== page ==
June 26, 2014

Dietetic Internship Program graduates 85th class

Vanderbilt University Medical Center’s Dietetic Internship Program graduated its 85th class of students on June 16.

The graduating class of Vanderbilt's Dietetic Internship Program. (photo by John Russell)

Vanderbilt University Medical Center’s Dietetic Internship Program graduated its 85th class of students on June 16.

The 10-month post-baccalaureate program, which began at Vanderbilt in 1929, is one of the oldest in the country and has graduated more than 1,000 students since its inception.

“Our students have the advantage of learning within a well-respected and multi-faceted institution, allowing them to rotate through many different areas of the hospital, learning and exercising specific skills in each unique environment,” said Elizabeth Robinson, M.Ed., R.D., LDN, director of the Dietetic Internship.

Vanderbilt began its program with one student, Bessie Smith. By the late 1980s, the Internship had grown to its present-day total of 16 students. Robinson said that today, students come from across the United States as well as countries including Brazil, China, Germany, Haiti, Puerto Rico and Scotland.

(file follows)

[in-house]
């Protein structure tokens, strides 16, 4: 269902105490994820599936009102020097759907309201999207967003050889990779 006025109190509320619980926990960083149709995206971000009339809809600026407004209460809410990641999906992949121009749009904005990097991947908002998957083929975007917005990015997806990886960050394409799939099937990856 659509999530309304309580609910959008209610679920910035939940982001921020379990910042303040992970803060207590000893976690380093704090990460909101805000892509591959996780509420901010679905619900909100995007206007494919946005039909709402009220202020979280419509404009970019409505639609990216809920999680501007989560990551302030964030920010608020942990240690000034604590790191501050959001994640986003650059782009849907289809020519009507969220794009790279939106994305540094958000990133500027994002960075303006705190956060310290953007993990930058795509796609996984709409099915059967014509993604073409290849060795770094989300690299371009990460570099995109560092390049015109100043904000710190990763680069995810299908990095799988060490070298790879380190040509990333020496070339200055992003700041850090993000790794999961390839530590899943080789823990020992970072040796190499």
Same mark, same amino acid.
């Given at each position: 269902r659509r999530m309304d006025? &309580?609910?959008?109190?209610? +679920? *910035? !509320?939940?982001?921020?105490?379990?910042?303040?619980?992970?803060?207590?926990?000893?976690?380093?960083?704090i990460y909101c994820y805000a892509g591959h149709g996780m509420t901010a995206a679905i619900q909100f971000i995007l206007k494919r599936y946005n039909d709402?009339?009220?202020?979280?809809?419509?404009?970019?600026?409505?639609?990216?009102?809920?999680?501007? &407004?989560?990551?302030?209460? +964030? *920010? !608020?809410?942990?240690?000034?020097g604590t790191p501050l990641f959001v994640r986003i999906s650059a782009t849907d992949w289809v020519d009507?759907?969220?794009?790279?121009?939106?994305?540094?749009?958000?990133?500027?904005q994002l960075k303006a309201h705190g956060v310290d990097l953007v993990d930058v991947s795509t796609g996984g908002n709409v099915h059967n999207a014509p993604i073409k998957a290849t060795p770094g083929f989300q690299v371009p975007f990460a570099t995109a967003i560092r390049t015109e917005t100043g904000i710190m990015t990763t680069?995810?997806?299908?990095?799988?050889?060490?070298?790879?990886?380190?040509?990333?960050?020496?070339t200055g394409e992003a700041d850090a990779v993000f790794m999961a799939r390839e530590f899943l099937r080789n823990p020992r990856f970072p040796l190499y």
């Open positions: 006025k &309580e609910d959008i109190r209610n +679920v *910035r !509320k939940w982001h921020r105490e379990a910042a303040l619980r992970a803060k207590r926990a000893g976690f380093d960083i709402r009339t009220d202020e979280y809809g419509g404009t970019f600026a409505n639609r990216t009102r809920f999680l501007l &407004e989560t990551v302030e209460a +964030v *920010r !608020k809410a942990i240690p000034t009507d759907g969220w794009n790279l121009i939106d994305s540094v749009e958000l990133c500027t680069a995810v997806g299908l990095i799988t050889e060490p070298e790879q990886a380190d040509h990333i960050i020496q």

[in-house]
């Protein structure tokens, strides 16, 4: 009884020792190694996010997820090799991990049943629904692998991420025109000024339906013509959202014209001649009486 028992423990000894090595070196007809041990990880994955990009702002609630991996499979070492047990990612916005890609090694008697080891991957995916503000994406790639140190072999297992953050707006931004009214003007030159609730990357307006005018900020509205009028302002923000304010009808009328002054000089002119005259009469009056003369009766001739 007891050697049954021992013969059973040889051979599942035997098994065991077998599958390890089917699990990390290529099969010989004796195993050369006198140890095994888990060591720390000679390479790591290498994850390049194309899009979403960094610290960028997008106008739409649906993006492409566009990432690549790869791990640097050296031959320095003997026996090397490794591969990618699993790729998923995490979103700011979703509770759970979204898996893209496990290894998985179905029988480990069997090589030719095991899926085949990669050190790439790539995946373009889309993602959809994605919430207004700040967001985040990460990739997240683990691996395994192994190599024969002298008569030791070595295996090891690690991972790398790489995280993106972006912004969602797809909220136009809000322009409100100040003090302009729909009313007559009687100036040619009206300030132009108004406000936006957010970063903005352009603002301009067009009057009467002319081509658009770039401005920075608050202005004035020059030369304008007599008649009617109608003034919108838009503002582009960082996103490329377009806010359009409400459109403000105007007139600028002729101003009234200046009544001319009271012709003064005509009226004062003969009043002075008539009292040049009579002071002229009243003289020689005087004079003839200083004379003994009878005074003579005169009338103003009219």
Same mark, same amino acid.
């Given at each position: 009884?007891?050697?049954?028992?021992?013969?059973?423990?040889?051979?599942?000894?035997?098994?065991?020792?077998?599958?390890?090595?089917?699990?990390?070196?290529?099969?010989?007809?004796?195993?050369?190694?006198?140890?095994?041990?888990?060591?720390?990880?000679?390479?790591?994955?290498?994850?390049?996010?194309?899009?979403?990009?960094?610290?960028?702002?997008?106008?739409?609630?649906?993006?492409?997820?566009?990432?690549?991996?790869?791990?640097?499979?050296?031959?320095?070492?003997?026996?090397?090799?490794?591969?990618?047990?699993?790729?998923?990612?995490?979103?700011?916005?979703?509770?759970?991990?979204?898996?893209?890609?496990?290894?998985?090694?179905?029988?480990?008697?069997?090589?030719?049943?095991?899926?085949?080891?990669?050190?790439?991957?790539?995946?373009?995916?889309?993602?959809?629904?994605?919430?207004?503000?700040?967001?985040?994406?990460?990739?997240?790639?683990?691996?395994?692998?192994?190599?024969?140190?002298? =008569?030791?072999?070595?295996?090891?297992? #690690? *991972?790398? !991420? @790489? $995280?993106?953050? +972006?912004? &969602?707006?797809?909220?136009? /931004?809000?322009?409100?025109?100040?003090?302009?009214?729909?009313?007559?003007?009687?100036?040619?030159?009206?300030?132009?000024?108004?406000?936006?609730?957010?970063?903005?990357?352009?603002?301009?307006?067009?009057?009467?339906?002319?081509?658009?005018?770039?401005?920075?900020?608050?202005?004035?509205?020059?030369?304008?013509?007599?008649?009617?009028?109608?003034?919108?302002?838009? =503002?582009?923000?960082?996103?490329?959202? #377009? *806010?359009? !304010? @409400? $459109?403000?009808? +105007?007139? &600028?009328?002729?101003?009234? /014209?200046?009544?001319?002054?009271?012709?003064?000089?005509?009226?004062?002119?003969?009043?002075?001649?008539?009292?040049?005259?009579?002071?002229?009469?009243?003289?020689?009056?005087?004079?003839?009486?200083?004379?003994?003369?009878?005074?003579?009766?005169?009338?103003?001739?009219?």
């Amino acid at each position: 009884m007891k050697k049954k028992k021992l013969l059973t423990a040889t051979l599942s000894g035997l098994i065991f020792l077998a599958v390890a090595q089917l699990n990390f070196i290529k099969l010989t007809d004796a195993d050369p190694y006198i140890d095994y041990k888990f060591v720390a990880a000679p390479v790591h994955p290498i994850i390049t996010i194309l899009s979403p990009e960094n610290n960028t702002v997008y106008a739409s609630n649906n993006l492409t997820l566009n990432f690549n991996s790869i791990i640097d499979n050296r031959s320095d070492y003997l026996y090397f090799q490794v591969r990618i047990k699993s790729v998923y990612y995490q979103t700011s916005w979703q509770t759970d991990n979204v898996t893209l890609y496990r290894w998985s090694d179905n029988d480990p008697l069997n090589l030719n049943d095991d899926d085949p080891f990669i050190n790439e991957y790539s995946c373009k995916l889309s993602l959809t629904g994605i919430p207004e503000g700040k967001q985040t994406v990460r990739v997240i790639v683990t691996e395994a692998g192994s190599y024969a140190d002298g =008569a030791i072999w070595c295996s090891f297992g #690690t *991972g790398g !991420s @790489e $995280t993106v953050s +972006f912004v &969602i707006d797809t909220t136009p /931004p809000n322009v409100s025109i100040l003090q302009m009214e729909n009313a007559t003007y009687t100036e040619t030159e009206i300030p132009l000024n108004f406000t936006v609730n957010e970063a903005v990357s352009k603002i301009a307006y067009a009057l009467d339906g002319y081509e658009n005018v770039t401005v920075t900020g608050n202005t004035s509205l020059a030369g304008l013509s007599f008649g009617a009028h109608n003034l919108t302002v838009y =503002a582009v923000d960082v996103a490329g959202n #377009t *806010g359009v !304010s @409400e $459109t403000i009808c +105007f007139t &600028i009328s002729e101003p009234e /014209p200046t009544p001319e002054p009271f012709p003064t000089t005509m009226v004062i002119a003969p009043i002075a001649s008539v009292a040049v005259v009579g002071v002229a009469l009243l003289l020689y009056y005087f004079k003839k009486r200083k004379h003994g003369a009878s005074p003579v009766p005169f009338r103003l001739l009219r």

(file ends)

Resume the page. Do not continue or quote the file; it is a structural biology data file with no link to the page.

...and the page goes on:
The admissions process is rigorous, with the program typically receiving approximately 300 applications for its 16 slots.

“Our program is successful largely because of the expertise and dedication of our internship director, coordinator and preceptors,” said Ellen Ladage, R.D., CNSC, LDN, preceptor for the Dietetic Internship students. “Also, I believe that the motivation, intelligence and critical thinking skills of the interns themselves contribute to the success of the program. Vanderbilt’s Internship is very challenging and every effort is made to help each student succeed.”

During their time at VUMC, the interns complete 25 different rotations throughout various Vanderbilt facilities, both on and off campus. They work with up to two different preceptors in each area, registered dietitians who guide them through the dietetic needs and procedures of the areas they work in.

“I chose Vanderbilt because of its team approach to health care and the wide array of experiences that it offered,” said Ryan Rafacz, who graduated this year. “I knew that Vanderbilt would give me experience as both an inpatient practitioner and an outpatient counselor, providing me with a diverse set of skills. For me, a highlight of the Internship included the chance to do hands-on work in the community, providing nutritional education to local corporations, schools and health clinics.”

When the interns complete their program here, they sit for their registration examination, becoming registered dietitians upon passing. Since 2008, 98 percent of Vanderbilt graduates have passed the exam on their first attempt, one of the highest first-time pass rates among dietetic programs.

Vanderbilt’s program is accredited by the Accreditation Council for Education in Nutrition and Dietetics, the accrediting agency for the Academy of Nutrition and Dietetics (formerly the American Dietetic Association).